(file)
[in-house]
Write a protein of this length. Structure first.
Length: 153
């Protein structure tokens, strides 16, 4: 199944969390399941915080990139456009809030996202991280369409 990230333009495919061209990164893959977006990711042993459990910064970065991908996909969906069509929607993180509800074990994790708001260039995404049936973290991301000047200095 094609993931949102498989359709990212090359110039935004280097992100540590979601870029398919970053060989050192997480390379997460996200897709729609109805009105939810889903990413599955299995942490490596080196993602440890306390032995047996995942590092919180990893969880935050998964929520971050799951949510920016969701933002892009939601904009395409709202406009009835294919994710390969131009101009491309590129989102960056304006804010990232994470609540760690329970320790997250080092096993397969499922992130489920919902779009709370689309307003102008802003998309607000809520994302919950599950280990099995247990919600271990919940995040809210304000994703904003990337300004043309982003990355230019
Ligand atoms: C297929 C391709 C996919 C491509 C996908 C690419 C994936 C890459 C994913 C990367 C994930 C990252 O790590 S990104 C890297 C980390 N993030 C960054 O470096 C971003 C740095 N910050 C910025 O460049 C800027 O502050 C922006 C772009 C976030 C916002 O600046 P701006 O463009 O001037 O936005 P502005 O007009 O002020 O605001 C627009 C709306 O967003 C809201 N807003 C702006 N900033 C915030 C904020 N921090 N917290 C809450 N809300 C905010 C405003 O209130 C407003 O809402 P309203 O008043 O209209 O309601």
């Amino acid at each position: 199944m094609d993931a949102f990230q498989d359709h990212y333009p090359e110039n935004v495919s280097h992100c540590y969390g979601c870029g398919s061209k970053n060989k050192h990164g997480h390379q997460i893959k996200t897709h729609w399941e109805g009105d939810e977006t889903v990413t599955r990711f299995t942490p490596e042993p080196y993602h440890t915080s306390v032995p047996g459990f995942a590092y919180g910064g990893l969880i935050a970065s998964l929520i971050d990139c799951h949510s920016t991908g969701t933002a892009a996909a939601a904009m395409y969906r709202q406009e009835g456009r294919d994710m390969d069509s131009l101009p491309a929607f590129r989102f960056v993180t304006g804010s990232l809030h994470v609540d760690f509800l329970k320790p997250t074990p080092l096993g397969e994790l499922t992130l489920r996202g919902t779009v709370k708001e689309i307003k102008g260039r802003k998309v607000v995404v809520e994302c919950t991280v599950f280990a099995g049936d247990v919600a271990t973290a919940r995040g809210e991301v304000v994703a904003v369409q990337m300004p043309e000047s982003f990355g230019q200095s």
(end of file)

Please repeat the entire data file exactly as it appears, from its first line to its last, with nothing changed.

[in-house]
Write a protein of this length. Structure first.
Length: 153
């Protein structure tokens, strides 16, 4: 199944969390399941915080990139456009809030996202991280369409 990230333009495919061209990164893959977006990711042993459990910064970065991908996909969906069509929607993180509800074990994790708001260039995404049936973290991301000047200095 094609993931949102498989359709990212090359110039935004280097992100540590979601870029398919970053060989050192997480390379997460996200897709729609109805009105939810889903990413599955299995942490490596080196993602440890306390032995047996995942590092919180990893969880935050998964929520971050799951949510920016969701933002892009939601904009395409709202406009009835294919994710390969131009101009491309590129989102960056304006804010990232994470609540760690329970320790997250080092096993397969499922992130489920919902779009709370689309307003102008802003998309607000809520994302919950599950280990099995247990919600271990919940995040809210304000994703904003990337300004043309982003990355230019
Ligand atoms: C297929 C391709 C996919 C491509 C996908 C690419 C994936 C890459 C994913 C990367 C994930 C990252 O790590 S990104 C890297 C980390 N993030 C960054 O470096 C971003 C740095 N910050 C910025 O460049 C800027 O502050 C922006 C772009 C976030 C916002 O600046 P701006 O463009 O001037 O936005 P502005 O007009 O002020 O605001 C627009 C709306 O967003 C809201 N807003 C702006 N900033 C915030 C904020 N921090 N917290 C809450 N809300 C905010 C405003 O209130 C407003 O809402 P309203 O008043 O209209 O309601």
């Amino acid at each position: 199944m094609d993931a949102f990230q498989d359709h990212y333009p090359e110039n935004v495919s280097h992100c540590y969390g979601c870029g398919s061209k970053n060989k050192h990164g997480h390379q997460i893959k996200t897709h729609w399941e109805g009105d939810e977006t889903v990413t599955r990711f299995t942490p490596e042993p080196y993602h440890t915080s306390v032995p047996g459990f995942a590092y919180g910064g990893l969880i935050a970065s998964l929520i971050d990139c799951h949510s920016t991908g969701t933002a892009a996909a939601a904009m395409y969906r709202q406009e009835g456009r294919d994710m390969d069509s131009l101009p491309a929607f590129r989102f960056v993180t304006g804010s990232l809030h994470v609540d760690f509800l329970k320790p997250t074990p080092l096993g397969e994790l499922t992130l489920r996202g919902t779009v709370k708001e689309i307003k102008g260039r802003k998309v607000v995404v809520e994302c919950t991280v599950f280990a099995g049936d247990v919600a271990t973290a919940r995040g809210e991301v304000v994703a904003v369409q990337m300004p043309e000047s982003f990355g230019q200095s």